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What follows forgiveness is gratitude, which I now felt break over me in a warm wave of tears—gratitude for the gift of having these people in my life, for having this life and however many more years of it remained, and for having been introduced to a plant with the power to summon these tears and help me to see, even in this bleak, bleak season of loss, just how much I had to be grateful for
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How saccharine these words must sound! I can only imagine. I’m afraid banality is an unavoidable hazard of working with psychedelics; they are profound teachers of the obvious. But sometimes those are exactly the lessons we need
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Yet she did it in the future tense. When Taloma pointed this out, reminding her that “the future doesn’t exist,” Judith repeated them, now in the present tense, and smiled.
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About the Author

Set and setting” is the term Timothy Leary introduced to underscore the powerful influence of one’s mind-set and physical setting in shaping a psychedelic experience.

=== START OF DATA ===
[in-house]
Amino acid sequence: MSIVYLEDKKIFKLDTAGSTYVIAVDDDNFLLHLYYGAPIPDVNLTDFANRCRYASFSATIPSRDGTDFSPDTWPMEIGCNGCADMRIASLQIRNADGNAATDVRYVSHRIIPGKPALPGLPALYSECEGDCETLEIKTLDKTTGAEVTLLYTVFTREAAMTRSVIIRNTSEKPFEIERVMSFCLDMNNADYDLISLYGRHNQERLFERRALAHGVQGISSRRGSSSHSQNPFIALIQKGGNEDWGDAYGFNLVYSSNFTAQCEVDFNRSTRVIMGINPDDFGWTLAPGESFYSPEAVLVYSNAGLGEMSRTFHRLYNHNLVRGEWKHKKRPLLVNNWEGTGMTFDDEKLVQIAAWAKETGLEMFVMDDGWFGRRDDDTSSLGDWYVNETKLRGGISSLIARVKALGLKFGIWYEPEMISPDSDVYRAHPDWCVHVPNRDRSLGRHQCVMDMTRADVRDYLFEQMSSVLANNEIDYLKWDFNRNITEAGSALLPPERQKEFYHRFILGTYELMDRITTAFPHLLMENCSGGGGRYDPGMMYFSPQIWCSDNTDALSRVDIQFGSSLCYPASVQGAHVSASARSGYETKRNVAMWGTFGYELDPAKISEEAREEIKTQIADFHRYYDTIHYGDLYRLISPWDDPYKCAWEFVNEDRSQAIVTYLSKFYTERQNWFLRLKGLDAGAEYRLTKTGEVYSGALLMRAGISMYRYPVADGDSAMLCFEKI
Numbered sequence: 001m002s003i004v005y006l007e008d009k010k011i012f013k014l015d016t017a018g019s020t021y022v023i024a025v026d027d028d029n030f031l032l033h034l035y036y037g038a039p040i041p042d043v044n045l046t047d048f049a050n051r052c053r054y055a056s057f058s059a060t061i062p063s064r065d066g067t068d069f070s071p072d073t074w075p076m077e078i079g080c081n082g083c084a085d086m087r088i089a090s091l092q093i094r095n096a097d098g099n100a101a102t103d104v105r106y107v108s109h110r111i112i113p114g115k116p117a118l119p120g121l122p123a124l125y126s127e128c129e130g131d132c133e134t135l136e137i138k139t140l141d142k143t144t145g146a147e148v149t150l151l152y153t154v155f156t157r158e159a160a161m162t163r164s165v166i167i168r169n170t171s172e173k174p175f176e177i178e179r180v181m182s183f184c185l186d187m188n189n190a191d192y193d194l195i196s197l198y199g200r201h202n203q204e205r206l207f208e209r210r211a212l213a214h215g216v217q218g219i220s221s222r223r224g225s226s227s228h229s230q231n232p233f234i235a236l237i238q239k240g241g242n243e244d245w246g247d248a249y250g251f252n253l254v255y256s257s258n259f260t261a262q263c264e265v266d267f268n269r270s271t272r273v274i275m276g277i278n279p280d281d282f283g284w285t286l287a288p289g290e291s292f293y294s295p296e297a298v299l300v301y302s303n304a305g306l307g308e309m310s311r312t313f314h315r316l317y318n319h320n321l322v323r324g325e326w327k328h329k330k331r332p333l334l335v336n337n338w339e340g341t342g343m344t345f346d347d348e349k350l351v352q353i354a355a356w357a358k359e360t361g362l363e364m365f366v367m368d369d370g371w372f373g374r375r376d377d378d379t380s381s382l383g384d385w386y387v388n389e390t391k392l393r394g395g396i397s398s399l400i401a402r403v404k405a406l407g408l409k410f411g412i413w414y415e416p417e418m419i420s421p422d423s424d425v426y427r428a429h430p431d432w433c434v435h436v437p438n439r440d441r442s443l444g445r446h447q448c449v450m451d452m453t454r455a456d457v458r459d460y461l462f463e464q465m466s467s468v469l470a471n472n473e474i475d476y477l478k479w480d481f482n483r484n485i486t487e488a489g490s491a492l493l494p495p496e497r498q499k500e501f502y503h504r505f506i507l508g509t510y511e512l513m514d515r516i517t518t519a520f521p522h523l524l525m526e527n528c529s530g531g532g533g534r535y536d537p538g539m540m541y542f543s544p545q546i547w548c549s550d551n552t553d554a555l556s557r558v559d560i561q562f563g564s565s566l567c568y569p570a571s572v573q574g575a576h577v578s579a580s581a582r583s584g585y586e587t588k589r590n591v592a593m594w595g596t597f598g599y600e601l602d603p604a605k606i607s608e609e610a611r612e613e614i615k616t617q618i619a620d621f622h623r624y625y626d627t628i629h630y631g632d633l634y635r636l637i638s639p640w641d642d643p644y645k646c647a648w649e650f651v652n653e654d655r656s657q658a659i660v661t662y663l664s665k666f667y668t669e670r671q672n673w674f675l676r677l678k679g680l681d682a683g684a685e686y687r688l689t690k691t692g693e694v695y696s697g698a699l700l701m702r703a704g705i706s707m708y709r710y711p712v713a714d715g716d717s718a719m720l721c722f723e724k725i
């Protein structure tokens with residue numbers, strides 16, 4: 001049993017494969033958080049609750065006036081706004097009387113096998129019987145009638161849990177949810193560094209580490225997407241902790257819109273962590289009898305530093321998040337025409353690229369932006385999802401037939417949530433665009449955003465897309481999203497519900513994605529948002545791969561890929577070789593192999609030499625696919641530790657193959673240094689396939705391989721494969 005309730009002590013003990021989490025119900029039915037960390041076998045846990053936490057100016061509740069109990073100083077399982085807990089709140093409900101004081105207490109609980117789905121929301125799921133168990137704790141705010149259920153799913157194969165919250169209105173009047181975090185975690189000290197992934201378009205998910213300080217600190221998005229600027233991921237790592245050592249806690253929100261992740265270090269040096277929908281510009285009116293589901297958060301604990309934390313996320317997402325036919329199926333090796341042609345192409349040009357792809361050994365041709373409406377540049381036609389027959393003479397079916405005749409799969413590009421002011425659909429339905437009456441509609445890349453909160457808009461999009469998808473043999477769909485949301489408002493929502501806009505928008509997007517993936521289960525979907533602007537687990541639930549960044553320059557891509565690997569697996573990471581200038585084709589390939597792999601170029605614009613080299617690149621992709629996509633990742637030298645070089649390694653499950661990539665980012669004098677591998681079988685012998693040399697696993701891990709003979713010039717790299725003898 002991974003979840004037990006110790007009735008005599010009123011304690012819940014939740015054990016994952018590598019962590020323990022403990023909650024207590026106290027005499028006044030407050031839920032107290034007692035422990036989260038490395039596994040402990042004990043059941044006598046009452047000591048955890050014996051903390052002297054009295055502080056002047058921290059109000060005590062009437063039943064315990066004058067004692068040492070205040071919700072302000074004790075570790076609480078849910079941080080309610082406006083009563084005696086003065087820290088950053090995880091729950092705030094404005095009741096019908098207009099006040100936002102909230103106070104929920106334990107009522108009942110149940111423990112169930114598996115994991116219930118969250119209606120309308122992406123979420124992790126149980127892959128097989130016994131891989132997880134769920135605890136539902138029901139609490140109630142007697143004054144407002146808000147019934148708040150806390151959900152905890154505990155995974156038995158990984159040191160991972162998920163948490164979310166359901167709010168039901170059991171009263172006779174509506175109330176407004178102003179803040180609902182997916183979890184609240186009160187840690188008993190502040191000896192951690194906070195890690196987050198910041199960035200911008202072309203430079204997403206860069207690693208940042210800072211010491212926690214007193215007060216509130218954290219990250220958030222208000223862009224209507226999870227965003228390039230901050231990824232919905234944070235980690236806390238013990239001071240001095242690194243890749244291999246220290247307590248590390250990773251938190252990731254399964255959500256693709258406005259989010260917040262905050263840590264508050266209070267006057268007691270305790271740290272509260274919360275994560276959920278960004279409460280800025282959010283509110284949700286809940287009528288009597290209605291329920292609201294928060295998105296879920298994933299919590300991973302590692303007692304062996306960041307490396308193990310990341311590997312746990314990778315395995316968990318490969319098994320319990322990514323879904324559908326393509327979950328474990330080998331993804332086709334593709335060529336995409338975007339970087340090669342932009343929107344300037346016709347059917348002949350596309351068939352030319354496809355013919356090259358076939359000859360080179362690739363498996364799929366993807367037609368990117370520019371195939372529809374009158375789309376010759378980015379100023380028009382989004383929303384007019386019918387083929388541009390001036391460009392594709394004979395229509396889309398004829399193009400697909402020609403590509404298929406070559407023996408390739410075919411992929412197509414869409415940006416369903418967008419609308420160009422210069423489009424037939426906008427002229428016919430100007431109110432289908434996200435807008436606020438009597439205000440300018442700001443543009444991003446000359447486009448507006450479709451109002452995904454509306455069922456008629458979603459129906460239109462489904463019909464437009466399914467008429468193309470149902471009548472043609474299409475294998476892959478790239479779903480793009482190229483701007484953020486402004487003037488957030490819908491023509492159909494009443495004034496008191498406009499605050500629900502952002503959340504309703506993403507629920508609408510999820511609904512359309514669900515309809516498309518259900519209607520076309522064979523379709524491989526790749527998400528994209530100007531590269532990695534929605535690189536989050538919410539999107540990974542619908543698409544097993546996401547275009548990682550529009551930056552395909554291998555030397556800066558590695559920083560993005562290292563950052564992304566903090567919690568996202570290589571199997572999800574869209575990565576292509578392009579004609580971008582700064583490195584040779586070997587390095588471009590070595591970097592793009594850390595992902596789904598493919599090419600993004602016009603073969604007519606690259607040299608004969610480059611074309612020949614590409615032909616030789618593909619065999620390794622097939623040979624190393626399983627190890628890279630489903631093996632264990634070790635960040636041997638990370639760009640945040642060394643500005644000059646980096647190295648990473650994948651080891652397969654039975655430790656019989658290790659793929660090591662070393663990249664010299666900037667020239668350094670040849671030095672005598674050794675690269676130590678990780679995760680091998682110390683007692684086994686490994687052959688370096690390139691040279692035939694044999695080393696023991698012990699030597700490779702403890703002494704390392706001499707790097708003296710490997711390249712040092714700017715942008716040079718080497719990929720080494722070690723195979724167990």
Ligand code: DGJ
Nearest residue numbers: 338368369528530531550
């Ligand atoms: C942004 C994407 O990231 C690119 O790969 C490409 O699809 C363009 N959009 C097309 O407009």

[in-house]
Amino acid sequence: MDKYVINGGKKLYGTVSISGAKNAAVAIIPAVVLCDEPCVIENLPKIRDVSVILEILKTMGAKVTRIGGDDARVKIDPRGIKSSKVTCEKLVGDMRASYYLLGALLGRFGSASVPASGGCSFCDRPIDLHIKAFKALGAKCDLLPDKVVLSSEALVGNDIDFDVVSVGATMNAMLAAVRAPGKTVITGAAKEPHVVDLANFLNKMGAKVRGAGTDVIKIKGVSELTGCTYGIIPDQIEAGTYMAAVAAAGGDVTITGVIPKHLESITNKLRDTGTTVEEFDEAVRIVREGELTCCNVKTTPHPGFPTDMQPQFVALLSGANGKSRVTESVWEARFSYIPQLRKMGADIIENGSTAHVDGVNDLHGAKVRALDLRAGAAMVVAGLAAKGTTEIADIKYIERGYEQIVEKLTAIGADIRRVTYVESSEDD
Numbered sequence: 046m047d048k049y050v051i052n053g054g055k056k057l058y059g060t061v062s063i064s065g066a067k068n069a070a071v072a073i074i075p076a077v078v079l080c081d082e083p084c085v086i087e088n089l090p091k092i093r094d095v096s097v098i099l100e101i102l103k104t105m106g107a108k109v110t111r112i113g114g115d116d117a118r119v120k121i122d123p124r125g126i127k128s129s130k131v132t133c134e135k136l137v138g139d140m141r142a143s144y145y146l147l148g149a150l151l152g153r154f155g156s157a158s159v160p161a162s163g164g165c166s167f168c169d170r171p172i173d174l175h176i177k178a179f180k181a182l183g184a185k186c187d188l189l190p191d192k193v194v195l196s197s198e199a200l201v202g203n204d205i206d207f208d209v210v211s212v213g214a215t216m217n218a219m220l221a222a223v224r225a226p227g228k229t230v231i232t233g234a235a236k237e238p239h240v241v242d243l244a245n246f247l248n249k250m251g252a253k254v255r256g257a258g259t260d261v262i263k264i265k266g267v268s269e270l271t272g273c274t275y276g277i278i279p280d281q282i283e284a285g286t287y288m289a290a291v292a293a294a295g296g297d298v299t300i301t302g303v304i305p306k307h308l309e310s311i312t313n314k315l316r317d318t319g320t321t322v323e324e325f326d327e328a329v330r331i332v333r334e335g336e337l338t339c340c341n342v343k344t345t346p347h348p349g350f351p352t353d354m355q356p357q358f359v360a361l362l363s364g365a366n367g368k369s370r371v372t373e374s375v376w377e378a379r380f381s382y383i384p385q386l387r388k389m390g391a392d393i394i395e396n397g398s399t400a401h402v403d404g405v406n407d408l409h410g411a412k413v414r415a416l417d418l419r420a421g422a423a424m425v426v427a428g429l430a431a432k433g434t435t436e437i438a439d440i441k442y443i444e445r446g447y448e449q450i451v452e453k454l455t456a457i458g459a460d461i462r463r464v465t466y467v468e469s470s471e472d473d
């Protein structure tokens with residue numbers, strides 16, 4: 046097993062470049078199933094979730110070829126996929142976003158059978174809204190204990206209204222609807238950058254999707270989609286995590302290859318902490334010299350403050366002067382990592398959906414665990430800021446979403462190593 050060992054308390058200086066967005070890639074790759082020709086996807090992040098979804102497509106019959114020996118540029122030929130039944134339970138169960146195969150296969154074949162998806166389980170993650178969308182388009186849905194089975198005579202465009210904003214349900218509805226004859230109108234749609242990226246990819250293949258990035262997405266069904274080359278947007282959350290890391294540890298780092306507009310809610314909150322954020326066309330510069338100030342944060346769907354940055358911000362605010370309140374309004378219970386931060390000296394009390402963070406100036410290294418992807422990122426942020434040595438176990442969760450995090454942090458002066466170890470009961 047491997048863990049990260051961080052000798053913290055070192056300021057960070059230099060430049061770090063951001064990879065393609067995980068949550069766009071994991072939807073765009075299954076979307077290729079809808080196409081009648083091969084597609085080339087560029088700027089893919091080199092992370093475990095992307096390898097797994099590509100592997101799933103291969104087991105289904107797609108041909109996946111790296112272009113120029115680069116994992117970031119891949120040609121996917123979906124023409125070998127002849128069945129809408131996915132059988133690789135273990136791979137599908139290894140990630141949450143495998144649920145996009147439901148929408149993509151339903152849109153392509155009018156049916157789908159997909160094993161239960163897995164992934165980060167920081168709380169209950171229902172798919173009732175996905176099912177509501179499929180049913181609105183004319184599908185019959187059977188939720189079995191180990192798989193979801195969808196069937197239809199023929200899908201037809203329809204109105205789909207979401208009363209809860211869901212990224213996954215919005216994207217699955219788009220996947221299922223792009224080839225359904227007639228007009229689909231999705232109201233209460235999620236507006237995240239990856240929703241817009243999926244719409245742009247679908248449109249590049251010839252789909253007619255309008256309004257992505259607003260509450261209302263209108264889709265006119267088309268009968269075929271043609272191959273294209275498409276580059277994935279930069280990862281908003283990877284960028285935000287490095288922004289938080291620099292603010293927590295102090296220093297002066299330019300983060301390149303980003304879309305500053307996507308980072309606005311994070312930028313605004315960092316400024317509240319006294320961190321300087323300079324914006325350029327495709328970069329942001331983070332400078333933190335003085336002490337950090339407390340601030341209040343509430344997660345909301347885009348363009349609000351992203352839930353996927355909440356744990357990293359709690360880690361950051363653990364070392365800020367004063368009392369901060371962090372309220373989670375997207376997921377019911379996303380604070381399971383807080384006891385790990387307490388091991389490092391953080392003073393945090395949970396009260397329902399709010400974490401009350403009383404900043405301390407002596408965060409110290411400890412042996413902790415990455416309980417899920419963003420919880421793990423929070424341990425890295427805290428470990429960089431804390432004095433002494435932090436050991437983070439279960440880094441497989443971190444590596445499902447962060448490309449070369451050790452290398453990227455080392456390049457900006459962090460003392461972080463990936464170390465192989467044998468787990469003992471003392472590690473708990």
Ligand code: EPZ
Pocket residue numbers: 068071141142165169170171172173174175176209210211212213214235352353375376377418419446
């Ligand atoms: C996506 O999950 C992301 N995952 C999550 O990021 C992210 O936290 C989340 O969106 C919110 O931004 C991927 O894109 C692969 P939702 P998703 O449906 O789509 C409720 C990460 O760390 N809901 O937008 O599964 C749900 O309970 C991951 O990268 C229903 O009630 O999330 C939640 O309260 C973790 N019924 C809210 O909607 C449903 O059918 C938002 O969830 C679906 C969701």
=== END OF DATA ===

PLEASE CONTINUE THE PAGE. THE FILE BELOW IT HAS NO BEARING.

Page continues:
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The idea that psychedelics have played a foundational role in religion has been floating around the fringes of religious studies since at least the 1970s, when R. Gordon Wasson (the man who rediscovered psilocybin) collaborated with Albert Hofmann (the inventor of lysergic acid diethylamide, or LSD) and a young classicist named Carl A. P. Ruck to write The Road to Eleusis: Unveiling the Secret of the Mysteries (New York: Harcourt Brace Jovanovich, 1978; reprint, Berkeley: North Atlantic Books, 2008). See also John M. Allegro, The Sacred Mushroom and the Cross (London: Hodder and Stoughton; New York: Doubleday, 1970). An excellent recent exploration of the role of psychedelics in early religion is found in Brian C. Muraresku’s The Immortality Key: The Secret History of the Religion with No Name (New York: St. Martin’s Press, 2020).
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shield laws offer no protection to a journalist engaged in a criminal activity.